Phase 7: Finalization
Once the painting has dried off nicely, it is time to apply the final touches to it. The finalization depends on what you want to do with the painting now. If you want to sell it at a gallery or online, you can add varnish to it that will add a protective layer on top of the painting.
Another important element is adding the frame to the painting, which will make it look more appealing. If you want to store the painting, you can cover it up with a friendly material that won't disturb the painting and its colors.
Some Great Tips And Tricks
Following are some tips you can use to create a better acrylic painting experience for yourself and a better final copy.
Take Time Out To Prepare Your Canvas And Brushes
Prepare your canvas with gesso (a chalk-like material that provides a better surface for painting) that will get the painting surface ready to accept acrylic paints. A good canvas preparation before painting will result in a finer end quality. While some think this process isn't important and you can paint without it, it can add a different quality to your work. It only takes 5 minutes to do it, but it will benefit greatly in the big picture.
Get High-Quality Acrylic Paints And Brushes
You must invest in high-quality equipment for your painting because cheap brushes and acrylics will always give a poor final result, no matter how hard you try. The vibrance of cheap acrylics is also very poor. Your set of brushes and their quality are core to creating a great painting.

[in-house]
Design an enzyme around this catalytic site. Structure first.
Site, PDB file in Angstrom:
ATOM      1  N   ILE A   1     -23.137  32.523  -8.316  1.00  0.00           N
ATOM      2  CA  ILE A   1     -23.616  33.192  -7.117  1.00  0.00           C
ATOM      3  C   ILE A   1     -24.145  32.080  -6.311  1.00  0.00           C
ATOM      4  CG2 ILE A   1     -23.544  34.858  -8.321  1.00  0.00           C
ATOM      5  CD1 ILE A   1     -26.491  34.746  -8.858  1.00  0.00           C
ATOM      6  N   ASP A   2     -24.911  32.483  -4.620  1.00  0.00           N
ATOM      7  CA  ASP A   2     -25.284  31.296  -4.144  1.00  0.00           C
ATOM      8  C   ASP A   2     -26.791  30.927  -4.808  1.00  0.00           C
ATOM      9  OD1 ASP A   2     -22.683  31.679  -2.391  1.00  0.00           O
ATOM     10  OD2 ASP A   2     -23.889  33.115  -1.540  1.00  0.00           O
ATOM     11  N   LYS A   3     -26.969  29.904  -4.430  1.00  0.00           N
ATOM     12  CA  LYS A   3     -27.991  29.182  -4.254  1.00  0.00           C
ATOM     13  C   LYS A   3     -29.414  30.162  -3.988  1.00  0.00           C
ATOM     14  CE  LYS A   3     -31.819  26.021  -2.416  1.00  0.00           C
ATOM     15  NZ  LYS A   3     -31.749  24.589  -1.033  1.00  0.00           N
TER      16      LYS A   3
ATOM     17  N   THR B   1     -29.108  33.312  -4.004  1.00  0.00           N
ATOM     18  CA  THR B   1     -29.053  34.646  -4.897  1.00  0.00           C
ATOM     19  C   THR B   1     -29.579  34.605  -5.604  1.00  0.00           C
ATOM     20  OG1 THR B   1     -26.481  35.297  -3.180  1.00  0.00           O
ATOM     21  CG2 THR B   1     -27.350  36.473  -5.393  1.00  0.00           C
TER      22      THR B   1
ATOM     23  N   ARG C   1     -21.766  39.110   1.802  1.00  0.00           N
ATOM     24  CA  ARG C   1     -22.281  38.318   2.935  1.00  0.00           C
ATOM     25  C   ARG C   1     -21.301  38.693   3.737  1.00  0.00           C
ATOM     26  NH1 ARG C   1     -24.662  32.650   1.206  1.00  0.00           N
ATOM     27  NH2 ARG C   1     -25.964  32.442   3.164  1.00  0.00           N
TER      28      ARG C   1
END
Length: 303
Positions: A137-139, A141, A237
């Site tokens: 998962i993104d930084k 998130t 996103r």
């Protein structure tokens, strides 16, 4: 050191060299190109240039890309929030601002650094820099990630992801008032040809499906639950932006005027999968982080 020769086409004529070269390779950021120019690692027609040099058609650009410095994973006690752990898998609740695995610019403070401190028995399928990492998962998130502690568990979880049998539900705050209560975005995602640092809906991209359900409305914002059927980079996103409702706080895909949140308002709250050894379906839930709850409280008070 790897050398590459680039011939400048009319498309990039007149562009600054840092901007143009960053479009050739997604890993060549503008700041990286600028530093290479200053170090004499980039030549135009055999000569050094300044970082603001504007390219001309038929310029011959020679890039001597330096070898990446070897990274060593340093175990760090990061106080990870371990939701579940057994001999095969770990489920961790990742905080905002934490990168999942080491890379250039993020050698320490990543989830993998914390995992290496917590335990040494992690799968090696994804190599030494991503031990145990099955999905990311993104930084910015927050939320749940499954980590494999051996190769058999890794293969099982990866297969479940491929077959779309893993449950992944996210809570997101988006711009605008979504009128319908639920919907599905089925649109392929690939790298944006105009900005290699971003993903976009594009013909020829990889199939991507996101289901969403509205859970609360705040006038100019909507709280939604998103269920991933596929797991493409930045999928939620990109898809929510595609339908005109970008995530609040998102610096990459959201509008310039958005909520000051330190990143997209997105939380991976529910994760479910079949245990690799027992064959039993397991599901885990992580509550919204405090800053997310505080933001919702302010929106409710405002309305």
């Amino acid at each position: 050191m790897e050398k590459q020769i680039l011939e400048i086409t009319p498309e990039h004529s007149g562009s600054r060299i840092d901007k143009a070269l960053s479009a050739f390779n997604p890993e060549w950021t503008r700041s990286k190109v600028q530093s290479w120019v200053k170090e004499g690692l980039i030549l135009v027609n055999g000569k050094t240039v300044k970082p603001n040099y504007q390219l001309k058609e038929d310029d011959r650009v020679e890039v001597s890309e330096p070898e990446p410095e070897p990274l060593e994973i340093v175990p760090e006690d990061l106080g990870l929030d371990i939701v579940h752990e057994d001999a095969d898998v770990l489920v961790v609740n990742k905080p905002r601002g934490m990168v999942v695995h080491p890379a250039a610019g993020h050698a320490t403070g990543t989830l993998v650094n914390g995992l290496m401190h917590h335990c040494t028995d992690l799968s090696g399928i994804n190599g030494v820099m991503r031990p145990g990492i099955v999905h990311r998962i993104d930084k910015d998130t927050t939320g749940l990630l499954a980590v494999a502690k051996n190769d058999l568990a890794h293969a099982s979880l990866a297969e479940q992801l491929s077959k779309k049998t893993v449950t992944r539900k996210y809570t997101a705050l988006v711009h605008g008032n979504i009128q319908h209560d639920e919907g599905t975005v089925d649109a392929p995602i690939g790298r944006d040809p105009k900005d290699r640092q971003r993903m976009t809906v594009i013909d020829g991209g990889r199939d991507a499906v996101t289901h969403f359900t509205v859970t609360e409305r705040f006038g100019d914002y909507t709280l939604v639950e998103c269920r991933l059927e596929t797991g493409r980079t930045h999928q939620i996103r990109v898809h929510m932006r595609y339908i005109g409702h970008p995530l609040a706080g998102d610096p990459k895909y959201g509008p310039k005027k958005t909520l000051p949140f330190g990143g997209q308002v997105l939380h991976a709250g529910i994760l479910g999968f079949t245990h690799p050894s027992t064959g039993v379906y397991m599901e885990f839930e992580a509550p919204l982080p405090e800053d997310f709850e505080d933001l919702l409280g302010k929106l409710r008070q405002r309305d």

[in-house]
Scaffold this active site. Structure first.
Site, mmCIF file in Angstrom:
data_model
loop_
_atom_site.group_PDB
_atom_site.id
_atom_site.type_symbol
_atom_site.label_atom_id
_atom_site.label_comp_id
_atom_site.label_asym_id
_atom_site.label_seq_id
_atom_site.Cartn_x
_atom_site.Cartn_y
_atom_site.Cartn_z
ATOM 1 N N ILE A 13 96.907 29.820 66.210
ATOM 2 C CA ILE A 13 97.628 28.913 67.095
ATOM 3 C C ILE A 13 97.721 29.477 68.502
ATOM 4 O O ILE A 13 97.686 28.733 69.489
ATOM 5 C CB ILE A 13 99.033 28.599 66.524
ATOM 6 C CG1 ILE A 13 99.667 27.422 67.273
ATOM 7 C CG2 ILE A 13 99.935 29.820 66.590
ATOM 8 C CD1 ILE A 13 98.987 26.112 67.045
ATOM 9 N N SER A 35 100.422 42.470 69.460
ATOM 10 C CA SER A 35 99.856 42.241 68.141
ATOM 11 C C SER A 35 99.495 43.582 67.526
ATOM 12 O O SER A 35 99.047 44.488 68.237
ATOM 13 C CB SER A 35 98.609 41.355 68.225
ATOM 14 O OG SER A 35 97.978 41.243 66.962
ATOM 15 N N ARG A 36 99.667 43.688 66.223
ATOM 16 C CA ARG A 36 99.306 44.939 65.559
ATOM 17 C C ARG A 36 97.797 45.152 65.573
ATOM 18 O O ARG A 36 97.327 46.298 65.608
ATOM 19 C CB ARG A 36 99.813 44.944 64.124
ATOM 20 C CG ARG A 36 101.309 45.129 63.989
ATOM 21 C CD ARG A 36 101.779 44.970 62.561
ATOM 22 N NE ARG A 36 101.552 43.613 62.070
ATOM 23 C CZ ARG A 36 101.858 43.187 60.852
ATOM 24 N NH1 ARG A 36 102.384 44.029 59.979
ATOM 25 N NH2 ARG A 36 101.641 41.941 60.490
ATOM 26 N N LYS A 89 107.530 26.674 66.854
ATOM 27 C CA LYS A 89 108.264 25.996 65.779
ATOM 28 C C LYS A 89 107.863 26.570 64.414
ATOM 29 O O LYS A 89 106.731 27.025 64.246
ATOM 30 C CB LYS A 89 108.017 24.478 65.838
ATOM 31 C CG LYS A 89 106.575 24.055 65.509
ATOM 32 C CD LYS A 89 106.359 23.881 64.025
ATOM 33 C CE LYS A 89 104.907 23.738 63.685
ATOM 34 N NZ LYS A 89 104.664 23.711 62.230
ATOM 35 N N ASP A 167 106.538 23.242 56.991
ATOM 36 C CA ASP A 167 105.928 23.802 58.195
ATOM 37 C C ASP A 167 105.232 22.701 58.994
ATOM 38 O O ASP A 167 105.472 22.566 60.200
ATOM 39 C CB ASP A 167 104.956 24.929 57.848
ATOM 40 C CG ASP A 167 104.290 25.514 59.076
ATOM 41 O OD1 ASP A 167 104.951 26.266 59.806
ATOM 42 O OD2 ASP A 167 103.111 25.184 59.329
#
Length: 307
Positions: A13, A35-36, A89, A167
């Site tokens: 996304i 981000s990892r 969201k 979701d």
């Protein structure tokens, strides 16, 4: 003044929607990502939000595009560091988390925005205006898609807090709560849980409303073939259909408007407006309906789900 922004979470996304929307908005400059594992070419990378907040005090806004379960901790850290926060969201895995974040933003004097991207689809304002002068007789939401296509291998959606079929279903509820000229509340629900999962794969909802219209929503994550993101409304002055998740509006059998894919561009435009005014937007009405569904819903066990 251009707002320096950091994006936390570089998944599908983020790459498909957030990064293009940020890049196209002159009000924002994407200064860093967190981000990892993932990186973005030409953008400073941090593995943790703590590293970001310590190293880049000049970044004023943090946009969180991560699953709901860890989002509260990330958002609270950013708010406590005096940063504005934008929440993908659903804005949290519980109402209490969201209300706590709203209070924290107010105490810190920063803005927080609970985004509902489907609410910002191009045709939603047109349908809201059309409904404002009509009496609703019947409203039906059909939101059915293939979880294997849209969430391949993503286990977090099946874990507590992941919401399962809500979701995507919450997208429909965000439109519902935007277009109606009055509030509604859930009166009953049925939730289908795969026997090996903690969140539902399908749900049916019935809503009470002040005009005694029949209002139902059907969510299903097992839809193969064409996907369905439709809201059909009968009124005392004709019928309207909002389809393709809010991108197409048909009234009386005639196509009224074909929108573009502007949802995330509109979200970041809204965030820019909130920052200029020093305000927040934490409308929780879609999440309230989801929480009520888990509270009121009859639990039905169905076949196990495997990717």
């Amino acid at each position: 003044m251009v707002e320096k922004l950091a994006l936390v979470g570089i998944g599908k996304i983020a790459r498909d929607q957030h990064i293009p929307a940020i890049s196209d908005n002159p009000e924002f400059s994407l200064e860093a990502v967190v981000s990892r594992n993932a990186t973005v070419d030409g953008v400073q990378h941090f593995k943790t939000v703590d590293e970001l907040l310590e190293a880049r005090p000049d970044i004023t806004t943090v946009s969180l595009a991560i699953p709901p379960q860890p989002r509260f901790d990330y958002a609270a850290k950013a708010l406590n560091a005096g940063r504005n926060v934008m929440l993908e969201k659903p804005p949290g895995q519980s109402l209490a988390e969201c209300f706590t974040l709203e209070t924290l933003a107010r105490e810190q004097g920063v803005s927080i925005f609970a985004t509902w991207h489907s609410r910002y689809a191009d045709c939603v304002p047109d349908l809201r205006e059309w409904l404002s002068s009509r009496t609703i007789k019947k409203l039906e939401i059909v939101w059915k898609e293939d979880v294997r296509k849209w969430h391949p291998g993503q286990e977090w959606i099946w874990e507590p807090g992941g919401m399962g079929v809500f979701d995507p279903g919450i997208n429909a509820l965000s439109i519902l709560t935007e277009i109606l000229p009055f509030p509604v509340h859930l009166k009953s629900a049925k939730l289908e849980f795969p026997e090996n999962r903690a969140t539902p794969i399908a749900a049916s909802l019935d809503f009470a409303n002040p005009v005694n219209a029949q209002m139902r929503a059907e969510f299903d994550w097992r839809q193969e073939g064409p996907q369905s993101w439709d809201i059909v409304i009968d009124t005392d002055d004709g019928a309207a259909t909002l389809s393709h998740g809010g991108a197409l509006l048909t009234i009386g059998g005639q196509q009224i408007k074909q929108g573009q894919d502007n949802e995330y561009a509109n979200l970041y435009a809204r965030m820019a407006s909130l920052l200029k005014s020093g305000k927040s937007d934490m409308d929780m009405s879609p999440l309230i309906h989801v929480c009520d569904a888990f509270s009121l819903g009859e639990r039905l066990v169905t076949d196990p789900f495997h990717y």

Practice Your Acrylics On A Scrap Canvas
Before starting the main painting, you must familiarize yourself with the paint brushes and the acrylics on a rough canvas. You can mix up the colors and see what blends you're getting.
For better practice, you can use all the elements from your actual painting, like the same paint brushes, acrylics, and the canvas that is going to be used for your main painting. This way, you will have experience before actually starting the painting.
Use Thin Layers
Painting with acrylics is a game of layers. You should carefully work with the layers. To create a better final product, you can use thin layers and sandwich them on top of each other. A common method is to use lighter colors for the underlayers and then darker colors on top. A better way is to practice all these on an experimental basis before applying them to the main canvas.
If you haven't yet used acrylic paint, now is the time. Before using them for your main painting, try them out and familiarize yourself with them on an experimental basis. You can use them under different circumstances to see what results they offer.
How is the first layer prepared on a canvas before painting?
The first layer should always be the gesso, followed by a tone layer. The tone layer is just a slight wash that gets your canvas further ready for acrylics after the gesso is applied.
How do I remove acrylic paint?
Acrylic paint becomes permanent when it dries. Some liquids can be used to remove dry and semi-dry acrylics. These include thinners, some alcohol variants, and ammonia solutions.
Which is better: oil or acrylic?
Both oils and acrylics have pluses and minuses. Acrylics provide superior durability and adhesion qualities, while oils provide flexibility in blending choices. Oils retain moisture longer than acrylics.